The aftermath of the failed merger did not take up a lot of the conference call with analysts to discuss the quarterly results, but the company did say it is not considering a settlement of its $1 billion lawsuit against Sinclair.
“We feel really strongly about our breach case against Sinclair,” said Eddie Lazarus, Tribune’s general counsel and EVP of Strategy. “We’re going to pursue it aggressively. We’re moving into the discovery phase now.” He estimated that the case could take about 18 months to reach a resolution. In August, Tribune sued Sinclair for $1 billion, and its former merger partner filed a counter-claim.
Diluted earnings per share in the third quarter came in at 61 cents, compared with a loss in the year-earlier period of 21 cents. Revenue rose 11% to $498 million. Both metrics handily beat Wall Street expectations.
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Political advertising revenue in the period totaled $42.5 million, up 90% from the last midterm election in 2014 and 36% from the comparable quarter in the presidential year of 2016. CEO Peter Kern said the political groundswell (an industry tide estimated by the Television Advertising Bureau this week at $3 billion in 2018) is no longer a cyclical phenomenon. “We may be seeing a fundamental shift toward an ‘always-on’ political cycle,” he said.
Shares in Tribune are down 7% in 2018 to date but they have rallied nearly 20% since the Sinclair deal hit the rocks in July. Asked why the company did not decide to buy back stock after the merger did not go forward, Kern said, “We didn’t feel compelled to prop the stock up. … we did not want to have a knee-jerk response, like, ‘Oh, the deal fell through, that means our stock is too cheap.'”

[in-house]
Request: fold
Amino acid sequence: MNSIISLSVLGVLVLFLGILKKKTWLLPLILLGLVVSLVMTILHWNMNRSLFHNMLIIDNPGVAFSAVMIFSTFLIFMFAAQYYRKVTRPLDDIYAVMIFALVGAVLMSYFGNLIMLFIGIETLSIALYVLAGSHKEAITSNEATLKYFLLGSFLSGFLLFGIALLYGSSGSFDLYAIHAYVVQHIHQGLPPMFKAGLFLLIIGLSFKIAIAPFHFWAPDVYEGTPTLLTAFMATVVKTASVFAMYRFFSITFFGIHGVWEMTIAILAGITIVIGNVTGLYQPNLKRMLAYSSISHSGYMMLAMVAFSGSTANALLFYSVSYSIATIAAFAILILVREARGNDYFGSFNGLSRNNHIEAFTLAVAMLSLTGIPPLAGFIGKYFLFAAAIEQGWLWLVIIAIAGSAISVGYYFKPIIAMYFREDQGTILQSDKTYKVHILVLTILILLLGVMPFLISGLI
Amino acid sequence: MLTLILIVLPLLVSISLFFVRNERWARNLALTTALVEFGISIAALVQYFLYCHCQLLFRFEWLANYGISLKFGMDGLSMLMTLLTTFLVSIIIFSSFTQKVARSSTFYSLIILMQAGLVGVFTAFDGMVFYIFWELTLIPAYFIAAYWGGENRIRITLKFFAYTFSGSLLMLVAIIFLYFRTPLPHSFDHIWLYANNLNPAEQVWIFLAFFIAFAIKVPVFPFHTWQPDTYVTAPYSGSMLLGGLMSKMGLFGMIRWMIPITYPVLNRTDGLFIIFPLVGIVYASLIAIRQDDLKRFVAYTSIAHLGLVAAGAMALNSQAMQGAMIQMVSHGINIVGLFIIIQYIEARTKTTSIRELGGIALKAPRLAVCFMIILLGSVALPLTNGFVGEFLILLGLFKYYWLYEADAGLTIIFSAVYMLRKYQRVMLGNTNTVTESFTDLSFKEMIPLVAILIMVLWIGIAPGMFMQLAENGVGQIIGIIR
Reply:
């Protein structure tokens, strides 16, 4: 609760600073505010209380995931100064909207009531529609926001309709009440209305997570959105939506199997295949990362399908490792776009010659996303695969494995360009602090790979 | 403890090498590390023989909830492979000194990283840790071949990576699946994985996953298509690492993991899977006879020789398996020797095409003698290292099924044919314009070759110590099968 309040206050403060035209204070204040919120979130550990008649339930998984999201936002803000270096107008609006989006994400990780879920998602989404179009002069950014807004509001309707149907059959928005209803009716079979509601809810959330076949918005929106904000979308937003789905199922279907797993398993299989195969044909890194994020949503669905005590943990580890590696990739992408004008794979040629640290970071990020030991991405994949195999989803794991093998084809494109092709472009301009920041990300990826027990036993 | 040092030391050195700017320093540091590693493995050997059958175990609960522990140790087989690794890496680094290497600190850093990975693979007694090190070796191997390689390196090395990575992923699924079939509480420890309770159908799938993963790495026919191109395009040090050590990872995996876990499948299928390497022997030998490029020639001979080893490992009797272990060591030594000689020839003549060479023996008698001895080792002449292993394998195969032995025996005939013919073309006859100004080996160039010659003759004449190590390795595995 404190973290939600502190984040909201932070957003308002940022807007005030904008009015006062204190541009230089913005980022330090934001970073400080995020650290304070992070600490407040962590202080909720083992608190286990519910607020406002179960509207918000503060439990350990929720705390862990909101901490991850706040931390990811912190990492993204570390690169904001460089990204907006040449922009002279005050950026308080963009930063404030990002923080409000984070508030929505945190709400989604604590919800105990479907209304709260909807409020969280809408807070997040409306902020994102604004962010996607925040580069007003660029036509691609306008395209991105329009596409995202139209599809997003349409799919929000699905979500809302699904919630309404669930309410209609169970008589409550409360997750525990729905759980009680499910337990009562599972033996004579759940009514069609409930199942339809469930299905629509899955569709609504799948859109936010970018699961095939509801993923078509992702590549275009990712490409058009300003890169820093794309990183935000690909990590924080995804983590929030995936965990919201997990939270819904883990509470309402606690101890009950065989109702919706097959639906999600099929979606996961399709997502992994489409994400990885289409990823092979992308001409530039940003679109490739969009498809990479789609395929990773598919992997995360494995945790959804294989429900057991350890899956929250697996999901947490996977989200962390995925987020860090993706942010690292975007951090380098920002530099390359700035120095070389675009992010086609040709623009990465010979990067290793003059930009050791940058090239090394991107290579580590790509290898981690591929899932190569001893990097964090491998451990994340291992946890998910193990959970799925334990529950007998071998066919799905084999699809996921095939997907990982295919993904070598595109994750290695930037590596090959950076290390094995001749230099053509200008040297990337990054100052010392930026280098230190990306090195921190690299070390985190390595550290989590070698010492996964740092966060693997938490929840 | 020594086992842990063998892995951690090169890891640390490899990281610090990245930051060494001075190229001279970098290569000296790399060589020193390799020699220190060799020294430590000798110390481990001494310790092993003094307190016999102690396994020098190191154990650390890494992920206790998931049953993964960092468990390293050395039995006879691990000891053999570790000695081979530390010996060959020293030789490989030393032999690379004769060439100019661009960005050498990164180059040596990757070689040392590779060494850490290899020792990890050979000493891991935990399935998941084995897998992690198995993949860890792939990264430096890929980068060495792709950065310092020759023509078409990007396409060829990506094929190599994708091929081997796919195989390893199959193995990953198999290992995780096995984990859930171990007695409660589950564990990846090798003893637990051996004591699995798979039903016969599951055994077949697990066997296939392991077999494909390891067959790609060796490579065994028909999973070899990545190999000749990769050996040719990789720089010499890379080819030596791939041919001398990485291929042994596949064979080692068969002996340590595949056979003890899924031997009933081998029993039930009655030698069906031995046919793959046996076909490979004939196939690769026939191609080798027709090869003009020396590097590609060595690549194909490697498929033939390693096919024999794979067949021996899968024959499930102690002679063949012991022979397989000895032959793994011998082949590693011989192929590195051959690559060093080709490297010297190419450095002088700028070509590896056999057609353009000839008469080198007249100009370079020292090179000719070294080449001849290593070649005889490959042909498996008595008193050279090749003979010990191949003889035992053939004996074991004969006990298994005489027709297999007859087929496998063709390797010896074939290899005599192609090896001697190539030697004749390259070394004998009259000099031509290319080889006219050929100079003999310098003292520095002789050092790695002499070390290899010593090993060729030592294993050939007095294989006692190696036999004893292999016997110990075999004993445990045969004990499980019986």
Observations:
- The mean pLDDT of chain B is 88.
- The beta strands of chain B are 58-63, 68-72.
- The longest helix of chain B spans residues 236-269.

Kern said the company’s strategy is to evolve into a “pure broadcaster.” Tribune has sold off real estate assets such as the iconic Tribune Tower in Chicago, which served as its longtime headquarters.
One non-broadcast part of the Tribune portfolio that is still in the fold, however, is WGN America. The general- entertainment cable network has operated with less sizzle since the era when former CEO Peter Liguori (one of the original architects of FX) pumped up spending and shepherded critically acclaimed originals like Underground. Even so, Kern said no further reductions in programming budgets are expected and the network is expected to be more consistent on the balance sheet.
“We don’t have these super-expensive, hit-per-quarter things going on.,” he said. “We’ve got a regular rhythm of original programming coming throughout the year and we’ve got acquired programming and other things. … We’re not looking to peel more costs out of programming.”
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